Go Back

Timo Honkela

Born August 4, 1962, Kalajoki

Master of Arts 1989 (computer science), University of Oulu
PhD 1998 (information technology), Helsinki University of Technology

Professor of Research into Digital Materials, University of Helsinki and the National Library of Finland, 2014–
Chief Research Scientist 2006–13, Helsinki University of Technology/Aalto University
Acting Professor 2003–05, Helsinki University of Technology
CEO and Director of Research 2000–02, Gurusoft Oy
Professor 1998–2000, Helsinki School of Arts and Design
Researcher 1994–99, Helsinki University of Technology
Researcher 1990–94, Technical Research Centre of Finland (VTT)
Researcher 1987–89, Sitra
Research Associate and Lecturer 1985–87, University of Oulu

Research themes:
Computational semantics and pragmatics, socio-cognitive modelling, the philosophy of artificial intelligence and its applications in the humanities and social sciences

Publications, research projects and other academic activity

Written by Timo Honkela (Kaija Hartikainen, ed.)
Translated by Matthew Billington

Working on the Mystery of Knowledge

An enormous number of academic articles have been written on knowledge, knowing, and understanding in many different fields, from linguistics to psychology. For centuries philosophers have studied the nature of the knowledge we have about the world. After all that has already been said, is it possible to add anything truly new to the conversation? Timo Honkela answers in the affirmative.

This view is based on the possibility that computers can help us model various processes and phenomena related to knowledge. When it comes to formulating theories and models of knowledge, computers partly replace pen and paper. Honkela says that important divisions of knowledge include those between verbal and nonverbal, empirical and indirect, and individual and communal. Computers allow us to construct socio-cognitive models of, for example, how languages form, how symbolic representations are learned and used, how social forms of communication and conceptual systems are formed, and the subjective and contextual nature of the use of languages and concepts. Theories and models are constructed on different levels of abstraction, and they are compared with traditional understanding in the social sciences and the humanities. Honkela’s long-term goal has been to construct a theory of meaning in which the aforementioned themes of subjectivity and contextuality are taken into account seriously as empirical phenomena. Along the way, Honkela and his research partners have used various machine learning models to analyse the likes of Grimms’ fairy tales, online forums, interviews, speeches by American presidents, Shakespeare’s sonnets, abstract art, people’s physical activity and its verbal description, and historical newspaper articles.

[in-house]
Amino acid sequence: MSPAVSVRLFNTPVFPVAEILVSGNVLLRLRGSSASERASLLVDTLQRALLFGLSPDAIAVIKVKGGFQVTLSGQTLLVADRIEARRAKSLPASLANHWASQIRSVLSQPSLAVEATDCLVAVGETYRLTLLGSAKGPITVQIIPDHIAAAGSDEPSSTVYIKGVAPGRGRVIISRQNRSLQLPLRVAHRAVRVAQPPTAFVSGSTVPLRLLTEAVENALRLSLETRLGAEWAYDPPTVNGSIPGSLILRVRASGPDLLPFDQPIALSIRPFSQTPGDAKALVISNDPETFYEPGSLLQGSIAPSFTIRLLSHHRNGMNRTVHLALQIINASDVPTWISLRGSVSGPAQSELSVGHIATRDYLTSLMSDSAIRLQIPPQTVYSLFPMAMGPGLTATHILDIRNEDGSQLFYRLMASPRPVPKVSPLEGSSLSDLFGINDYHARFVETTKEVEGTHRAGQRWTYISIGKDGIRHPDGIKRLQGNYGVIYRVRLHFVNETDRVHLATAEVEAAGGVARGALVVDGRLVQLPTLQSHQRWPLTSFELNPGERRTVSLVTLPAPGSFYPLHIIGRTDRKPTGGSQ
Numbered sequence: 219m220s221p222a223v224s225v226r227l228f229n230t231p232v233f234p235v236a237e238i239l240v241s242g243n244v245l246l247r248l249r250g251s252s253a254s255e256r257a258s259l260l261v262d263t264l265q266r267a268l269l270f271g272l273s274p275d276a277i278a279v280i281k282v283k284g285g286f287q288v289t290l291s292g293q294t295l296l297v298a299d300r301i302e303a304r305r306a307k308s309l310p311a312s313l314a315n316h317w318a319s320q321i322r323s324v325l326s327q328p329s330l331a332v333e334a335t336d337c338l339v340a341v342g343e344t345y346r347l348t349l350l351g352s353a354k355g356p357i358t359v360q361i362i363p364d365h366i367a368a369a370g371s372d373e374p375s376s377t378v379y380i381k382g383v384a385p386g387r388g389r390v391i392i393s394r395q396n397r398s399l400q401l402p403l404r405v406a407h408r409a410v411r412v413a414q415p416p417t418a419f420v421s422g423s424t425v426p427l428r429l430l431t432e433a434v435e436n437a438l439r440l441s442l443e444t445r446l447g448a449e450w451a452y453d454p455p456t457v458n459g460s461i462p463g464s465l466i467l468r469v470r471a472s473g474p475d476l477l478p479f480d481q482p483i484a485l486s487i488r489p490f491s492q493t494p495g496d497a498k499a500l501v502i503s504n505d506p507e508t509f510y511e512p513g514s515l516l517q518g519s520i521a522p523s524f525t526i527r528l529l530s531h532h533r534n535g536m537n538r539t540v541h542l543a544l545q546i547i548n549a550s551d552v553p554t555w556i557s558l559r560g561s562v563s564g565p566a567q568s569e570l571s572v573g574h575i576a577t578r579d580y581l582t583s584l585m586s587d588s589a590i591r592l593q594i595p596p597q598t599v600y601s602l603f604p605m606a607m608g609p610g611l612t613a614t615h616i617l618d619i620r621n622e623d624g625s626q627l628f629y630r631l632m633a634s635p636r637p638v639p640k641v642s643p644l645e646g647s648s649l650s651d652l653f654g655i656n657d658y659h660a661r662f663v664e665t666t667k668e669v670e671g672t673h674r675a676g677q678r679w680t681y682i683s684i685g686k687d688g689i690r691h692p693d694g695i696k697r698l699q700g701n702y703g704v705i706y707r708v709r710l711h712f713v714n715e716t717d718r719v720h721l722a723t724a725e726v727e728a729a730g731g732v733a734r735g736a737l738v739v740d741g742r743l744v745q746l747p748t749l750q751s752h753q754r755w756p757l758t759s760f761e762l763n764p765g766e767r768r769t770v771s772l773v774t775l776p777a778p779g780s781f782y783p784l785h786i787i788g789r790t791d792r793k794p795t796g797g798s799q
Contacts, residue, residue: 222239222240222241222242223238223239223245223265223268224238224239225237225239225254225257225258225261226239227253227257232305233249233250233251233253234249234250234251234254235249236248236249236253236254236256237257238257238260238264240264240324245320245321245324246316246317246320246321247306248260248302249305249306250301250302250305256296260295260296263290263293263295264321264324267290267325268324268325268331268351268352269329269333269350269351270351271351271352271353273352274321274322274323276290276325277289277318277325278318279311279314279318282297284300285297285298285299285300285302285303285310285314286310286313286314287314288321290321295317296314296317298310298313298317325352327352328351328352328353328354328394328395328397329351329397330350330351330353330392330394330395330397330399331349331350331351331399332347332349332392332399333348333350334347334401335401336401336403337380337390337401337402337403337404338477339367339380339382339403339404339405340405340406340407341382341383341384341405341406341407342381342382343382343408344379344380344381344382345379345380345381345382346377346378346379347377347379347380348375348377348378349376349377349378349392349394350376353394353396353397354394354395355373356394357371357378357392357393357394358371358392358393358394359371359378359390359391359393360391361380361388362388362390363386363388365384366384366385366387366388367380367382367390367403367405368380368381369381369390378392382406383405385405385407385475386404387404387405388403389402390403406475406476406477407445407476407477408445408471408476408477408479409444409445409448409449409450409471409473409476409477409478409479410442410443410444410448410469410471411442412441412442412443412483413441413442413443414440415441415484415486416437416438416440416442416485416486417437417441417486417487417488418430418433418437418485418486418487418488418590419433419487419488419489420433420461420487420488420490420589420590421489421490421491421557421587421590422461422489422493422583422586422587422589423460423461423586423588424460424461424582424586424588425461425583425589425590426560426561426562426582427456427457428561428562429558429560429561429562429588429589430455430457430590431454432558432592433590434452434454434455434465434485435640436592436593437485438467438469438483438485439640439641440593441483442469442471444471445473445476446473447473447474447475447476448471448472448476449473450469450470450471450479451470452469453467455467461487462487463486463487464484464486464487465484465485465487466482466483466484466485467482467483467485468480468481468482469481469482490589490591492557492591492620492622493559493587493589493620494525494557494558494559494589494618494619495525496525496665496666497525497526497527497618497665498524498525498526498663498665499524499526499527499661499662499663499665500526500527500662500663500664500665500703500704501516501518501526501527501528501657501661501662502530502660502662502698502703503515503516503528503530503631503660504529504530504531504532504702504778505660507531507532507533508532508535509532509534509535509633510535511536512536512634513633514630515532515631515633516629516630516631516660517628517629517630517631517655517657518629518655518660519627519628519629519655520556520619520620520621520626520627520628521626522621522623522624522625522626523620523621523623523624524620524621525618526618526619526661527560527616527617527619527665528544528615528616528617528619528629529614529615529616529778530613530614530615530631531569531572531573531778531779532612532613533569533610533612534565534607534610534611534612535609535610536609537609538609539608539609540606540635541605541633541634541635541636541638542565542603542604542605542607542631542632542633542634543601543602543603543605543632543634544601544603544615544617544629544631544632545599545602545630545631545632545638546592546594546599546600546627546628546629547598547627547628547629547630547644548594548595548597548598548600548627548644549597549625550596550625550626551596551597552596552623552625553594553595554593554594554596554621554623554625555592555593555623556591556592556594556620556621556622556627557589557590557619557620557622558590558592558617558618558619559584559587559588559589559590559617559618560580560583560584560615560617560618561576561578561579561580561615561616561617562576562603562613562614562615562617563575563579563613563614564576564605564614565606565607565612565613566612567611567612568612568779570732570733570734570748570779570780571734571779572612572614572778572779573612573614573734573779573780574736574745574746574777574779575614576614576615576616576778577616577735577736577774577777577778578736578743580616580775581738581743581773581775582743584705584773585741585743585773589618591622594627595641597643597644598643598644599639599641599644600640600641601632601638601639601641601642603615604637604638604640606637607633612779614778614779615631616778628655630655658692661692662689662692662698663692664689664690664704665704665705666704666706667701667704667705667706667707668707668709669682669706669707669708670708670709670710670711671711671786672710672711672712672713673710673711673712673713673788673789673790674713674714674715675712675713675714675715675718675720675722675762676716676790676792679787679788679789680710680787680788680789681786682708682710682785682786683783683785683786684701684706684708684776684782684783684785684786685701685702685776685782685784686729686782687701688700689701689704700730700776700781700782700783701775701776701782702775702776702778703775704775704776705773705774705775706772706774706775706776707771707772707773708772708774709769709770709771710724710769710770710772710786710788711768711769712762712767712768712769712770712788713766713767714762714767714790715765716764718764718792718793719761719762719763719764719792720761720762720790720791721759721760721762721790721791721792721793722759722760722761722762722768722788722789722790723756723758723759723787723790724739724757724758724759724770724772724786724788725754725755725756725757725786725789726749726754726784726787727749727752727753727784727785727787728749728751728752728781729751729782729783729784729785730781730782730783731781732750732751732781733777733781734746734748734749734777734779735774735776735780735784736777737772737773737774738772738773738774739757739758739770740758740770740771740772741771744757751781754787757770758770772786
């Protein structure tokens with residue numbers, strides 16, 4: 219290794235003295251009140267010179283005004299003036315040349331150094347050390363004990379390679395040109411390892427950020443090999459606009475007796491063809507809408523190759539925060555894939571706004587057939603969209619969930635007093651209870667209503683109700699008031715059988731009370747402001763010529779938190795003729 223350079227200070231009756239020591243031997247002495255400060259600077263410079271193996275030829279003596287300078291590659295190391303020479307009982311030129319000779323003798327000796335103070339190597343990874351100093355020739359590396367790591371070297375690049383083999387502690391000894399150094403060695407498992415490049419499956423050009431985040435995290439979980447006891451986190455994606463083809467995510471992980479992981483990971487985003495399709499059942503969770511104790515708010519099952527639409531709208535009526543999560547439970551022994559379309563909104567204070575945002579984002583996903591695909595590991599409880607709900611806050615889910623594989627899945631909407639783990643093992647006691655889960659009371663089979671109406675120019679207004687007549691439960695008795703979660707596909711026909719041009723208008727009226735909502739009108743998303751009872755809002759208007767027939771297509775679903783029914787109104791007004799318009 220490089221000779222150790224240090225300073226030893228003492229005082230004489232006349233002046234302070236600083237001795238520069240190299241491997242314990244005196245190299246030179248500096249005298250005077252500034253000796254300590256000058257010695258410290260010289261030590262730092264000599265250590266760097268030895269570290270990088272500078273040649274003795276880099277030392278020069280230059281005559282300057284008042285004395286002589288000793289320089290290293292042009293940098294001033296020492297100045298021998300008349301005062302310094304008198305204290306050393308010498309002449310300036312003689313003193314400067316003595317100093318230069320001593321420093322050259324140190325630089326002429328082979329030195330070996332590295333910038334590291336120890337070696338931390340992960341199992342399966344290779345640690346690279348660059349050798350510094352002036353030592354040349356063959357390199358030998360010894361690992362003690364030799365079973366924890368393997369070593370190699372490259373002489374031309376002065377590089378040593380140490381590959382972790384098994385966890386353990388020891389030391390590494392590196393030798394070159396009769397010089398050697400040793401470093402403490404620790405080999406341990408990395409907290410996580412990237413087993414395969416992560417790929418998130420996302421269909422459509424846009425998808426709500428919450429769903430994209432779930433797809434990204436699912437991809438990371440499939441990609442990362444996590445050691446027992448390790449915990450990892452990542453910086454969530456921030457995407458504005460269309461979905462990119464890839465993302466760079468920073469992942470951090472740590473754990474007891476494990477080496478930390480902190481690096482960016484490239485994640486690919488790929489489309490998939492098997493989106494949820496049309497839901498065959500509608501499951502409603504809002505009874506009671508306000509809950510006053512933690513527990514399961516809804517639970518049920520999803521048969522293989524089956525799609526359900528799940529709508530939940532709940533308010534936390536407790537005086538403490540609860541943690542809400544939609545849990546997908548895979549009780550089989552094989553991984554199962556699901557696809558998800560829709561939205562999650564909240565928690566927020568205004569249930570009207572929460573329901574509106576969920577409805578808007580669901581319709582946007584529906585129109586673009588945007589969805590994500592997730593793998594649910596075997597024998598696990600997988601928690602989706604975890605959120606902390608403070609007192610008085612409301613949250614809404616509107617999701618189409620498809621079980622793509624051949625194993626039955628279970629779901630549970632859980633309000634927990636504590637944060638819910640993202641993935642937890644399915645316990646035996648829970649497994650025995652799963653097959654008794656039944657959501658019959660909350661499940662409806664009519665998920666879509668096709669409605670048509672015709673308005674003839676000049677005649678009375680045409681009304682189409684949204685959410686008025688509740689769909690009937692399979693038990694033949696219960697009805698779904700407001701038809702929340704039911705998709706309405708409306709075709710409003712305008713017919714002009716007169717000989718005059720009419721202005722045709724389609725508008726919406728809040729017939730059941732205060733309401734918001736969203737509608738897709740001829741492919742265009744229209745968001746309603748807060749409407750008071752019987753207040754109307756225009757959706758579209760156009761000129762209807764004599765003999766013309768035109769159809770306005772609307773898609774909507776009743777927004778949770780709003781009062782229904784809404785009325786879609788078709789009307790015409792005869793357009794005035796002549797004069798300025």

There is a wide gulf between visual and verbal information, the nature of which can perhaps best be made out by constructing systems designed to perform this leap automatically.

 

Go Back